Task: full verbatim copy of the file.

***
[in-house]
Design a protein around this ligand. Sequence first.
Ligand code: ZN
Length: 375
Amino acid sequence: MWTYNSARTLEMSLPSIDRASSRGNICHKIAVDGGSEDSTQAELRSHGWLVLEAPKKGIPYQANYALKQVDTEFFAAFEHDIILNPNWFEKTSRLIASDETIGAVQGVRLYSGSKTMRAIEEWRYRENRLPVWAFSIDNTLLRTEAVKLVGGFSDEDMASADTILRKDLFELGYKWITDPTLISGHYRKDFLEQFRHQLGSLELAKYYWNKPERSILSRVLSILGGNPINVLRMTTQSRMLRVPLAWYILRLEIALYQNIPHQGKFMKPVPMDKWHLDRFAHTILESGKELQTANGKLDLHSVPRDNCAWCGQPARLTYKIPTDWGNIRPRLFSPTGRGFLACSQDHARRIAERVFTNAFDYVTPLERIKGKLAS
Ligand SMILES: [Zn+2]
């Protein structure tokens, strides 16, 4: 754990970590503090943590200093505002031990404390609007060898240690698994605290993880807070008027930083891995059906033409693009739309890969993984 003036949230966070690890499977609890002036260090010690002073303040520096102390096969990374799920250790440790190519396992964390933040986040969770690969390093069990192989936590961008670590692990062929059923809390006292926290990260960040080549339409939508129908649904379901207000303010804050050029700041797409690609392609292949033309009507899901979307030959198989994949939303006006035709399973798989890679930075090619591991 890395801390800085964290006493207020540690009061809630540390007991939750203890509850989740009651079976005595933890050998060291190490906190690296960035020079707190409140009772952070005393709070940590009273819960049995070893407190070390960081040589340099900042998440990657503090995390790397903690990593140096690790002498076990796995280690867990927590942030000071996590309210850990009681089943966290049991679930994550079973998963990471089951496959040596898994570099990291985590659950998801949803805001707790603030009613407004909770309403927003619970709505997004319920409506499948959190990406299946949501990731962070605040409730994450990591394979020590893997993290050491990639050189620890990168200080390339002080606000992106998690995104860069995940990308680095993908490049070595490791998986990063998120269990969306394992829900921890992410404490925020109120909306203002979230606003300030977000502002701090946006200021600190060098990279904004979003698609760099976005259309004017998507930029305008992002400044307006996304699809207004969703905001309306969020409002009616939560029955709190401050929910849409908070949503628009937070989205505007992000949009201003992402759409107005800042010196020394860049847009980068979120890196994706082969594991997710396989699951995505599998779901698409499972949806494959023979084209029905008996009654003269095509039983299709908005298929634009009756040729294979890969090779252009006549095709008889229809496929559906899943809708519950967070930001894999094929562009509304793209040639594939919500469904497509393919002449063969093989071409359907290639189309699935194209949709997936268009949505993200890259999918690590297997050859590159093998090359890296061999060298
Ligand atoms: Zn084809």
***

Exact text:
[in-house]
Design a protein around this ligand. Sequence first.
Ligand code: ZN
Length: 375
Amino acid sequence: MWTYNSARTLEMSLPSIDRASSRGNICHKIAVDGGSEDSTQAELRSHGWLVLEAPKKGIPYQANYALKQVDTEFFAAFEHDIILNPNWFEKTSRLIASDETIGAVQGVRLYSGSKTMRAIEEWRYRENRLPVWAFSIDNTLLRTEAVKLVGGFSDEDMASADTILRKDLFELGYKWITDPTLISGHYRKDFLEQFRHQLGSLELAKYYWNKPERSILSRVLSILGGNPINVLRMTTQSRMLRVPLAWYILRLEIALYQNIPHQGKFMKPVPMDKWHLDRFAHTILESGKELQTANGKLDLHSVPRDNCAWCGQPARLTYKIPTDWGNIRPRLFSPTGRGFLACSQDHARRIAERVFTNAFDYVTPLERIKGKLAS
Ligand SMILES: [Zn+2]
């Protein structure tokens, strides 16, 4: 754990970590503090943590200093505002031990404390609007060898240690698994605290993880807070008027930083891995059906033409693009739309890969993984 003036949230966070690890499977609890002036260090010690002073303040520096102390096969990374799920250790440790190519396992964390933040986040969770690969390093069990192989936590961008670590692990062929059923809390006292926290990260960040080549339409939508129908649904379901207000303010804050050029700041797409690609392609292949033309009507899901979307030959198989994949939303006006035709399973798989890679930075090619591991 890395801390800085964290006493207020540690009061809630540390007991939750203890509850989740009651079976005595933890050998060291190490906190690296960035020079707190409140009772952070005393709070940590009273819960049995070893407190070390960081040589340099900042998440990657503090995390790397903690990593140096690790002498076990796995280690867990927590942030000071996590309210850990009681089943966290049991679930994550079973998963990471089951496959040596898994570099990291985590659950998801949803805001707790603030009613407004909770309403927003619970709505997004319920409506499948959190990406299946949501990731962070605040409730994450990591394979020590893997993290050491990639050189620890990168200080390339002080606000992106998690995104860069995940990308680095993908490049070595490791998986990063998120269990969306394992829900921890992410404490925020109120909306203002979230606003300030977000502002701090946006200021600190060098990279904004979003698609760099976005259309004017998507930029305008992002400044307006996304699809207004969703905001309306969020409002009616939560029955709190401050929910849409908070949503628009937070989205505007992000949009201003992402759409107005800042010196020394860049847009980068979120890196994706082969594991997710396989699951995505599998779901698409499972949806494959023979084209029905008996009654003269095509039983299709908005298929634009009756040729294979890969090779252009006549095709008889229809496929559906899943809708519950967070930001894999094929562009509304793209040639594939919500469904497509393919002449063969093989071409359907290639189309699935194209949709997936268009949505993200890259999918690590297997050859590159093998090359890296061999060298
Ligand atoms: Zn084809």